Tuesday, April 29, 2008

Childhood Tunes

When I was a youngster I used to listen to music by means of plastic disks with little bumps that encoded the music in analog. We called them records because sounds had been recorded on them. One of these records contained a series of American folk songs, and I committed many of them to memory over time. The result of one such memorization is that I was trotted up in front of the Miller elementary school play finale to sing the verse to Irving Berlin's "Grand Old Flag" since I was the only person in that school to apparently know it. (In the parlance of songs of that era, the "verse" is a unique portion at the beginning of the song, treated more as an optional introduction nowadays.) I remember my teacher being a bit puzzled when I asked her, "Why aren't we singing the whole song?" She asserted that we were singing the whole song. I remember her astonishment when I proceeded to recite the verse for her. She immediately dragged me in to do it for the music teacher, and next thing I know I am leading the finale at the ripe old age of 7.

Anyway, I digress...

One of the songs I have had bouncing through my head for the past, oh, 30+ years or so was a story about a man walking past a dilapidated cabin wherein an old man was playing a fiddle. When the traveler advised the old man to fix the roof the old man replies, "I couldn't fix it now, on a rainy day." Maybe you already know this song. I didn't know the name until this weekend when I heard someone playing it on "Prairie Home Companion" and the song was referred to by name. It's called "The Arkansas Traveler." I've heard the tune so many times over the years, but never the name. This weekend I actually sought the lyrics and found them.

Oh once upon a time in Arkansas
An old man sat in his little cabin door,
And fiddled at a tune that he liked to hear,
A jolly old tune that he played by ear.

It was raining hard but the fiddler didn't care
He sawed away at the popular air,
Though his roof tree leaked like a water fall
That didn't seem to bother that man at all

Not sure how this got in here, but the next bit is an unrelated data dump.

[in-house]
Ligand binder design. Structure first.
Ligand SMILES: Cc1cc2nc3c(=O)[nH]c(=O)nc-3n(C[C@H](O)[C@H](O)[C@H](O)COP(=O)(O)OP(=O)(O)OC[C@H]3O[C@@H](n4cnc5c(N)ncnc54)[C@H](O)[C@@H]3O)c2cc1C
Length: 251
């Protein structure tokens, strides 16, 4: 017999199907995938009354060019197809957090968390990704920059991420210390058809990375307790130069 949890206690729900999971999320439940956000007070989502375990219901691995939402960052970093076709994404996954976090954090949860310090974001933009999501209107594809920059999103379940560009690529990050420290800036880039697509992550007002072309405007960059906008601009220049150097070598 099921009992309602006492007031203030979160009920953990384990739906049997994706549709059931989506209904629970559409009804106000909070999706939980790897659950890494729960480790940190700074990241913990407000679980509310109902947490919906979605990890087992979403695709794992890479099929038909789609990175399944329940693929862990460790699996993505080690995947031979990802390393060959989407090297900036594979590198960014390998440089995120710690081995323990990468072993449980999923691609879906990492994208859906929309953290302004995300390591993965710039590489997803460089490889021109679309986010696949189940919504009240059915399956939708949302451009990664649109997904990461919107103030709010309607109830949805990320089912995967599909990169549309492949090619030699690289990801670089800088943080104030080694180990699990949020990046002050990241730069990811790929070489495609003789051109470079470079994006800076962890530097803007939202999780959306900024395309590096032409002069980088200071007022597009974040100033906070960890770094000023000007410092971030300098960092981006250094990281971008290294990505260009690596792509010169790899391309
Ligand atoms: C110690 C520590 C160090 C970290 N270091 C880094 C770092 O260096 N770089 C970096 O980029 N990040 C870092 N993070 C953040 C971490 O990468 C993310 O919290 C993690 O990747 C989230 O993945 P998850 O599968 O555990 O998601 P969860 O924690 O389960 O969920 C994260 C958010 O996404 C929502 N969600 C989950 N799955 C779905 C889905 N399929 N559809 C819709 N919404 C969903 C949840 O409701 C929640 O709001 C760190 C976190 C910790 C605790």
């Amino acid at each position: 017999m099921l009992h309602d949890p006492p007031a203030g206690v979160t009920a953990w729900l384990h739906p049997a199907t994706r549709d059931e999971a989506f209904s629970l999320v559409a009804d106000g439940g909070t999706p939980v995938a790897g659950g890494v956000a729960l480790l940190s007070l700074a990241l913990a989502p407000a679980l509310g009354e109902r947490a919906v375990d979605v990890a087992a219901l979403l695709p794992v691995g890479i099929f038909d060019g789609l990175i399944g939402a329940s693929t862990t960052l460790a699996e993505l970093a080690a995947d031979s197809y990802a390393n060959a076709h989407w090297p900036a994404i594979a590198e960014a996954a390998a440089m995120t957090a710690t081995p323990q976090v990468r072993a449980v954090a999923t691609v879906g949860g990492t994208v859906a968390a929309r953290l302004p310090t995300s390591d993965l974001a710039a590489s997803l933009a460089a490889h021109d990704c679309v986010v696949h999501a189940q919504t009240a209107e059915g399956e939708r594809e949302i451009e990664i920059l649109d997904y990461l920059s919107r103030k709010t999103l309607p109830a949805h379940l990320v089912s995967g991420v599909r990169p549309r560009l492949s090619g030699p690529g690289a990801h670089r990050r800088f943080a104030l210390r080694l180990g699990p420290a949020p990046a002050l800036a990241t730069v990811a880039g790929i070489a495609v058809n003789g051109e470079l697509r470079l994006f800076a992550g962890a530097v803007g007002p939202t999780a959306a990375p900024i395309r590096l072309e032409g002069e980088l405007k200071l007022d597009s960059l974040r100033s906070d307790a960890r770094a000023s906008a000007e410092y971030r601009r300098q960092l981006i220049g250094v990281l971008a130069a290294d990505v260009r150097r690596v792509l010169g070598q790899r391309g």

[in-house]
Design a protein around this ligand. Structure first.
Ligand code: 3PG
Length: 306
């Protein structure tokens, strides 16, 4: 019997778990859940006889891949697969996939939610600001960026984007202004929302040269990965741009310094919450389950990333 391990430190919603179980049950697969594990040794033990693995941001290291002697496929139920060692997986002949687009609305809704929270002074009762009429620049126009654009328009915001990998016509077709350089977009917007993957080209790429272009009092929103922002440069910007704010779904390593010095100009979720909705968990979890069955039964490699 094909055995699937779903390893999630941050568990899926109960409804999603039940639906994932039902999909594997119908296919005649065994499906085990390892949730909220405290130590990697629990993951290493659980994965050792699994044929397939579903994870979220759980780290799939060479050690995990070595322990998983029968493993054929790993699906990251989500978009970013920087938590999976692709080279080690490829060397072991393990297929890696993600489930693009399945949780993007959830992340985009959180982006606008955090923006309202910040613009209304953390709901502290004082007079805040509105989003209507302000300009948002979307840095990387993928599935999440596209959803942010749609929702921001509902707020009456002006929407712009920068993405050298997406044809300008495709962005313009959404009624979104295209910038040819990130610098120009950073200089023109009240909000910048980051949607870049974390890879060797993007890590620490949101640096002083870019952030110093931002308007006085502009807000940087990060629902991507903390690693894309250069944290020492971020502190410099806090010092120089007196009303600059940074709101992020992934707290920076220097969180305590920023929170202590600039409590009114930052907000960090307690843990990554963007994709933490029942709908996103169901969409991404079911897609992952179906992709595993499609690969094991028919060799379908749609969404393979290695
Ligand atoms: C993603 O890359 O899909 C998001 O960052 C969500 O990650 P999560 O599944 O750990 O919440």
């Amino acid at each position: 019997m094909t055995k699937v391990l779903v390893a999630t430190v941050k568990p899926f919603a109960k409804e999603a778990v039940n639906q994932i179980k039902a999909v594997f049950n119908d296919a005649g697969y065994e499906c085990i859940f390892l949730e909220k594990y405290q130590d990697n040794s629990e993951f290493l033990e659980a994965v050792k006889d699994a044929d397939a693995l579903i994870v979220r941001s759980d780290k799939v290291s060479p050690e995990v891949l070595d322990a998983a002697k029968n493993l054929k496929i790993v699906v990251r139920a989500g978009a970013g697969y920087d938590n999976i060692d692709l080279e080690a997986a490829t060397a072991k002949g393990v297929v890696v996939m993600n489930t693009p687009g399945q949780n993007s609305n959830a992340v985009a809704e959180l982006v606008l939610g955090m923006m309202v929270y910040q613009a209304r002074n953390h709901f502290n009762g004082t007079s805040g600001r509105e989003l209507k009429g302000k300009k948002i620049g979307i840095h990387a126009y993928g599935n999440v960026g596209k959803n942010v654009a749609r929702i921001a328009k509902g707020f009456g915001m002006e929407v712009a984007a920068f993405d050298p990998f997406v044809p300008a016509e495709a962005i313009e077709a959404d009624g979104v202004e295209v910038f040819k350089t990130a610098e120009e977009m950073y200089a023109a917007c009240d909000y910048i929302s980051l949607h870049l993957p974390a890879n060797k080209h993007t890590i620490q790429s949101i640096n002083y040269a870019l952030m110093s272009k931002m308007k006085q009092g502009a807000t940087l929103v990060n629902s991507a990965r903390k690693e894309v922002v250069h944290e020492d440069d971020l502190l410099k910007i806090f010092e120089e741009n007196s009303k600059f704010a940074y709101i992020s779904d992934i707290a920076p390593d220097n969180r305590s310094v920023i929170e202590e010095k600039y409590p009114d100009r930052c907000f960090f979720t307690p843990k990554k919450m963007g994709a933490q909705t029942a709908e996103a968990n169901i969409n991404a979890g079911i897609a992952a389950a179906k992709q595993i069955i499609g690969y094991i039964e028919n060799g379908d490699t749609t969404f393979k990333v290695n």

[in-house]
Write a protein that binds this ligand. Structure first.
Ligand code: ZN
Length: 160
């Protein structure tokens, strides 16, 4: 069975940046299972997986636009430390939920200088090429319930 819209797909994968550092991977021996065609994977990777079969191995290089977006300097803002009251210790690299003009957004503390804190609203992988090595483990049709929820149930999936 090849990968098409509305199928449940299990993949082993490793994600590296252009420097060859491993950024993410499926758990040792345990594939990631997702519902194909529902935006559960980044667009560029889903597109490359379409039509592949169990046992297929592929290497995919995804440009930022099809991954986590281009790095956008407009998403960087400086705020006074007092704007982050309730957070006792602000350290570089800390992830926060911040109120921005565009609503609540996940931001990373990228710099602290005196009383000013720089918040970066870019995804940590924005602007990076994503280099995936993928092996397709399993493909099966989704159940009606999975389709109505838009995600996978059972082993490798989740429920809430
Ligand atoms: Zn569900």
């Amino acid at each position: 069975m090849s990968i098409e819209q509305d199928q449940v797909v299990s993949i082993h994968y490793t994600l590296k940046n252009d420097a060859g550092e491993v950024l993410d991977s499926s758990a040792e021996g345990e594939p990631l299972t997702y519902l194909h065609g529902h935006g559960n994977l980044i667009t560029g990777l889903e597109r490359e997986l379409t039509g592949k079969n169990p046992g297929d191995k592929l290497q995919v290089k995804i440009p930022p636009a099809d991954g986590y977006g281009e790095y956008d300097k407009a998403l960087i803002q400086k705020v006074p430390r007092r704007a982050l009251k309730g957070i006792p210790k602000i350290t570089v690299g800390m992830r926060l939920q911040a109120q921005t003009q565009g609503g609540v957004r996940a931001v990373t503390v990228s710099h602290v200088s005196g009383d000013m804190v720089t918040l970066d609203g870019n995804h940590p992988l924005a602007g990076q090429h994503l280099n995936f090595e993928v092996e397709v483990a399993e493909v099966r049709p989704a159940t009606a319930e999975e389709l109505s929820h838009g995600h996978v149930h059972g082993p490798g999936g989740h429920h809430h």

A traveler was riding by that day,
And stopped to hear him a-practicing away
The cabin was afloat and his feet were wet,
But still the old man didn't seem to fret.

So the stranger said: "Now the way it seems to me,
You'd better mend your roof," said he.
But the old man said, as he played away:
"I couldn't mend it now, it's a rainy day."

The traveler replied: "That's all quite true,
But this, I think, is the thing for you to do;
Get busy on a day that is fair and bright,
Then pitch the old roof till it's good and tight."

But the old man kept on a-playing at his reel,
And tapped the ground with his leathery heel:
"Get along," said he, "for you give me a pain;
My cabin never leaks when it doesn't rain."

(Copied from here.) I have yet to find a vocal version with these lyrics in my intertube searchings. I'm a little shocked that the song is pretty much as I remember it. Granted, I couldn't recite all the lyrics, but I remembered the concepts and some snippets.

1 comment:

  1. You know, I learned a ridiculous number of folk songs from the Smothers Brothers when I was in high school - they'd gone out of fashion then, but we'd had one of their albums that my mom had unearthed when I was around 11, and I thought they were so marvelous that when I was able to drive I went and found all of their others at a used records store. It took me a while to realize that most of the ones I'd learned had been cannibalized by the Bros, but I knew the gist and melodies.

    I recently went and downloaded every single digital version I could get my hands on and presented them to my nephews, who found them as hysterical as I did and promptly memorized them as well. Now we have 2 generations of faulty folk music.

    I do highly recommend their music for kids - they intersperse the humor with some really enchanting harmony and solid musicality; most people nowadays just assume they were all about the political commentary of their TV show, but it's been forgotten that they were really solid musicians who'd been on the non-political comedy circuit for years before that!

    Anyway, to this day, I love folk music because of them.

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